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Lifter Tick Sound: Causes and How to Fix

Have you ever heard ticking or tapping from your vehicle’s engine bay? If yes, then you have already dealt with lifter ticking. This noise is often caused by plugged valve filters failing to properly open and close the engine valves. And no — it is not to be confused with rod knocking or some other unusual sound.

Valve lifters (a.k.a. camshaft followers) produce a lift tick noise whenever one or more relevant components are compromised. These include grubby engine oil, defective pushrods, and misaligned timing chains (to name a few). For a more comprehensive enumeration, refer to the list of causes below:

  1. Worn, loose, or damaged lifters
  2. Oil-related problems
  3. Flawed camshaft system
  4. Bent or worn pushrods
  5. Mismatched valve timing
  6. Damaged or worn-out timing chain
  7. Rocker arm wear and tear
  8. Incorrect lifter spacing
  9. Engine overheating
  10. Carbon buildup

This article covers the causes of a lifter tick, its symptoms, and how to prevent it. We will also delve into the different valve lifters used in vehicles.

By understanding the causes and other proponents of this predicament, you will leave this page with a better working knowledge of maintaining a smooth-running engine while keeping potentially serious problems at bay.

Car Engine Valve Lifter and Camshaft

What Is a Lifter Tick Sound?

As its name implies, a lifter tick sound is a tapping or “ticking” noise in a vehicle’s engine. It is often caused by problematic valve lifters that open and close the engine valves.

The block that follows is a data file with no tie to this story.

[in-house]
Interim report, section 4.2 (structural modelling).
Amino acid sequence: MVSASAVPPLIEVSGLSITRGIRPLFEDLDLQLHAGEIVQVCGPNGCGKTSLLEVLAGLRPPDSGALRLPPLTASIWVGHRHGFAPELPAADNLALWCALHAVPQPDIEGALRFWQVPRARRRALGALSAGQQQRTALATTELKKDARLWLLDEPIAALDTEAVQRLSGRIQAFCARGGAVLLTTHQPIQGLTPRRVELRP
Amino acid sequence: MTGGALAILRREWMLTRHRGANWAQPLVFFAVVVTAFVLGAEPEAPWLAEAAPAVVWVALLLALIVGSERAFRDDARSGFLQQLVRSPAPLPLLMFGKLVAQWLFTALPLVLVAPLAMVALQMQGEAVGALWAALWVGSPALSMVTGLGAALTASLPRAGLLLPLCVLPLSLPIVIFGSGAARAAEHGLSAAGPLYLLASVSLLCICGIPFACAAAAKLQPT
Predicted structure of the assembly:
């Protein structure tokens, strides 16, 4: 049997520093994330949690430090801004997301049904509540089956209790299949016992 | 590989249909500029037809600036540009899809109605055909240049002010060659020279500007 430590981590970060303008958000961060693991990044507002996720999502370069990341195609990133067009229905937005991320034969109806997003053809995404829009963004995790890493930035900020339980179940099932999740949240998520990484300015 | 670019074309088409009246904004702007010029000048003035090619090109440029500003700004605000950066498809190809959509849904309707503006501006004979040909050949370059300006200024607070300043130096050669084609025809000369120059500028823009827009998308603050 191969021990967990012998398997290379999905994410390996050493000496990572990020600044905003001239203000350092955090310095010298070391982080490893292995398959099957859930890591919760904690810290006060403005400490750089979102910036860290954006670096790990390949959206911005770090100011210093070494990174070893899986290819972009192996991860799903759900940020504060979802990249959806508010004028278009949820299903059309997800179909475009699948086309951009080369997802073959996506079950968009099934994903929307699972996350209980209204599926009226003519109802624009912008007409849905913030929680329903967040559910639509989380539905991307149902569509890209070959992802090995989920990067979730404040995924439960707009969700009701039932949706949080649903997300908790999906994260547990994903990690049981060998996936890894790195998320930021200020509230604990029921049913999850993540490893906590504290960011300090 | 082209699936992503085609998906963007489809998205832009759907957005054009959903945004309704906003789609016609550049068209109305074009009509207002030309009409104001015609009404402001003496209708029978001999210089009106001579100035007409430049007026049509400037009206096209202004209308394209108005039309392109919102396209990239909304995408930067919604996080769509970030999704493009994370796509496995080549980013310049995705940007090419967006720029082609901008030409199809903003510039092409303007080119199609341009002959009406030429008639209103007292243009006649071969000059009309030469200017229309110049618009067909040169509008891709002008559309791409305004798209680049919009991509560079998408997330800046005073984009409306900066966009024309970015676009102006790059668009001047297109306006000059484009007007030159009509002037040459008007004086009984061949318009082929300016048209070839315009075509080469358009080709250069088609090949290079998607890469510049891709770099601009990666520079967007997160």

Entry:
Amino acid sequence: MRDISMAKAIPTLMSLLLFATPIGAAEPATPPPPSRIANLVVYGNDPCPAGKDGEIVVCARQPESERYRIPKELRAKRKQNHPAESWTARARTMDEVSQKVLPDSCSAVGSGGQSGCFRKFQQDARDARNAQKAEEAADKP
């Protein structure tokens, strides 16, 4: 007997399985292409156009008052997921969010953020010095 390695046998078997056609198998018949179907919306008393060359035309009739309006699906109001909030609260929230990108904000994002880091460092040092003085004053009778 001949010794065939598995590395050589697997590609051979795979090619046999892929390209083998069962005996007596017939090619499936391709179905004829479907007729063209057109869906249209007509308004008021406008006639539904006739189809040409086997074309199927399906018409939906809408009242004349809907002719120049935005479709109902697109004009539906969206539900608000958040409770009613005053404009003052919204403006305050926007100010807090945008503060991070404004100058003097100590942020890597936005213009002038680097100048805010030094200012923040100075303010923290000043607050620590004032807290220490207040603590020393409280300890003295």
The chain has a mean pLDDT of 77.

These lifters consist of a small piston riding inside a cylinder and a hydraulic plunger helping maintain proper valve lash or clearance. And because engine oil flows through them, they should ideally not stick or malfunction.

What Causes a Lifter to Tick?

Perfectly functioning hydraulic valve lifters are not always the case, though. Deterrents to ideal operation can be caused by dirt buildup or wear due to age.

When left undetected, the malfunction can result in a gap between the valve lifters and pushrod or rocker arm (which can potentially escalate into more serious problems). Other known triggers of this engine noise can be seen below:

1. Worn, loose, or damaged lifters

Flawed valve filters are arguably the #1 cause of lifter tick. There are three primary culprits behind this occurrence — heat, worn seals, and out-of-spec oil pressure.

Excessive heat causes premature lifter failure. Worn seals instigate leaks and eventual component damage. And an overly high or low oil pressure causes the valve filters to get over-pressurized (resulting in the valves not closing all the way).

Any one of these scenarios renders valve lifters dysfunctional. And until they are aptly addressed, you can expect your pushrod to bend and be displaced (among other consequences).

Naturally, the outcome would differ based on the lifter — hence, knowing which valve lifter you have is crucial. Below are the six types of valve lifters currently used in vehicles: